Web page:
School districts accelerate learning

First grader Natalia Ramirez, right, plays go-fish with classmates during an intervention group held at Newhall Elementary School in Newhall on Wednesday, 111021. Dan Watson/The Signal

 COVID-19 disrupted learning for millions of children nationwide, and local students were no exception. As school districts across Los Angeles County faced uncertainty, many pivoted to an online learning model to ensure student education. 

And, as they have returned to in-person classes, they’ve pivoted once again to see what educational gaps need to be shored up in the wake of the past year and a half of online learning. 

The four local elementary school districts in the Santa Clarita Valley — Sulphur Springs Union School District, Castaic Union School District, Saugus Union School District and Newhall School District — returned to in-person classes in August. As a result of a year of online instruction, they are accelerating learning for students who struggle in high-priority areas such as literacy and mathematics.   

“We have assessments every few weeks, and we are monitoring that data, but it’s too soon to tell how well the kids are doing academically,” said Jezelle Fullwood, the assistant superintendent of educational services at Sulphur Springs.   

Sulphur Springs is addressing student needs as they come, but overall, it will take some time to see the whole picture of how online learning through a pandemic affected their students.  

“Districts received additional funding to help support the mitigation of learning loss through Expanded Learning Opportunities Grants,” Fullwood said. “We have a lot of strategies and personnel that we wrote into those plans to help our students who need extra support.”  

The California Department of Education offered local educational agencies, or LEAs, the opportunity to apply for in-person instruction and ELO grants.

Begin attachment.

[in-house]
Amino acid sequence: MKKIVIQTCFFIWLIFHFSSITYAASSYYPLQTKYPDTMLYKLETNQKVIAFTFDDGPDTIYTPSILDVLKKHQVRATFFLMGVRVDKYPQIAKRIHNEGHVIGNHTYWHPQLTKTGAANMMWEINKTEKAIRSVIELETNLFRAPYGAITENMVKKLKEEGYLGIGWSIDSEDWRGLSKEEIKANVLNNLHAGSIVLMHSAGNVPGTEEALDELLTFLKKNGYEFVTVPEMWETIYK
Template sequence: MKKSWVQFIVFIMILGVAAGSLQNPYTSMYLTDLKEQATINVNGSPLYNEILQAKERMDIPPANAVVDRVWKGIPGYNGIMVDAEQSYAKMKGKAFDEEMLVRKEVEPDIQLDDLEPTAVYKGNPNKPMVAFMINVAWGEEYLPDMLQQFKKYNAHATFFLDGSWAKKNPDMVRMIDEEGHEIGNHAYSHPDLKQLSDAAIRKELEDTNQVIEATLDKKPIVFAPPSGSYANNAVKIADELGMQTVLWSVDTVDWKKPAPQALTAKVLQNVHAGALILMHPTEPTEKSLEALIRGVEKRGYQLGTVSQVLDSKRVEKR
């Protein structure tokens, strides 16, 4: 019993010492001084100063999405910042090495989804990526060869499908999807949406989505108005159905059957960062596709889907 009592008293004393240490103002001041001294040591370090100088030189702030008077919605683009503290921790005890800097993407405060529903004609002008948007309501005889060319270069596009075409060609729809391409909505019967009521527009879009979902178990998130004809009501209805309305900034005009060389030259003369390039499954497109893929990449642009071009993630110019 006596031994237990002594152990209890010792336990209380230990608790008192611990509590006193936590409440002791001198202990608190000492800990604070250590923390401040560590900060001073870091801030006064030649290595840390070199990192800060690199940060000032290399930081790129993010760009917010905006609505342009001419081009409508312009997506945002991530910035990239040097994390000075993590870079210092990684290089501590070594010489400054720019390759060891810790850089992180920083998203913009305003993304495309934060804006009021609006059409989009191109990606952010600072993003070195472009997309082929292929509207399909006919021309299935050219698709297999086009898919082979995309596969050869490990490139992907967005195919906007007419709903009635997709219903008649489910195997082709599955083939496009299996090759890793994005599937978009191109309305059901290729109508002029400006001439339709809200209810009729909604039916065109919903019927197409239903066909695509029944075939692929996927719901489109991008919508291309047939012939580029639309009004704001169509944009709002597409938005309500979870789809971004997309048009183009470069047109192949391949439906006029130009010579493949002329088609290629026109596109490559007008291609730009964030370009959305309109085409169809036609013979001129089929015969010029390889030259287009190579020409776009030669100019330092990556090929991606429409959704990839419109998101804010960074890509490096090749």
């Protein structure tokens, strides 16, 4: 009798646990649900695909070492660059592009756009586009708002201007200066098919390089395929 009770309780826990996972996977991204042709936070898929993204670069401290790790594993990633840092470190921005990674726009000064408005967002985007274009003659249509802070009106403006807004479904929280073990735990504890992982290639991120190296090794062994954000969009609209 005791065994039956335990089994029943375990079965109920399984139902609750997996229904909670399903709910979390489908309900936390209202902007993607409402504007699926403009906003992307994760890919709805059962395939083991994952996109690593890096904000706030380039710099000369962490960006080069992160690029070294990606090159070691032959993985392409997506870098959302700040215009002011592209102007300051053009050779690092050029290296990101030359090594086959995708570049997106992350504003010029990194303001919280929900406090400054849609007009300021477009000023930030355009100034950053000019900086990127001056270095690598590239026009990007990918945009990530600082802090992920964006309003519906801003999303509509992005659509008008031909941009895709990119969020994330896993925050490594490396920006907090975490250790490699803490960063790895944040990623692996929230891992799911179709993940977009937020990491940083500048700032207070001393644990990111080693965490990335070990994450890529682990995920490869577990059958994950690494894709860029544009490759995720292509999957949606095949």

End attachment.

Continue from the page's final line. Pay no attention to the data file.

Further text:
Teacher, Kimberly Spendlove, right, plays a memory game with first-graders during an intervention group held at Newhall Elementary School in Newhall on Wednesday, 111021. Dan Watson/The Signal

The department provided in-person instruction grants to schools offering continuous instruction through the end of the 2020-21 school year. Also, the state granted ELOs to LEAs with plans to accelerate learning and close learning gaps.  

The Sulphur Springs district used a specialized program, the Orton-Gillingham Approach, to teach students phonics and focus on early literacy. The literacy program is a direct and multisensory method to help students with learning disabilities or those who need additional assistance, according to Fullwood.  

In addition, the district also created a position called learning support teacher. There are two at each school, and they help students who struggle with language arts.   

These teachers pull out students for specialized tier two and tier three interventions. Each tier describes a certain level of assistance a student may need.  

Kim Tredick, assistant superintendent of educational services at the Castaic district, reiterated how they, too, are seeing some students struggling in those high-priority areas.  

“We are focused on moving forward and our teachers are focusing on high-priority standards,” Tredick said.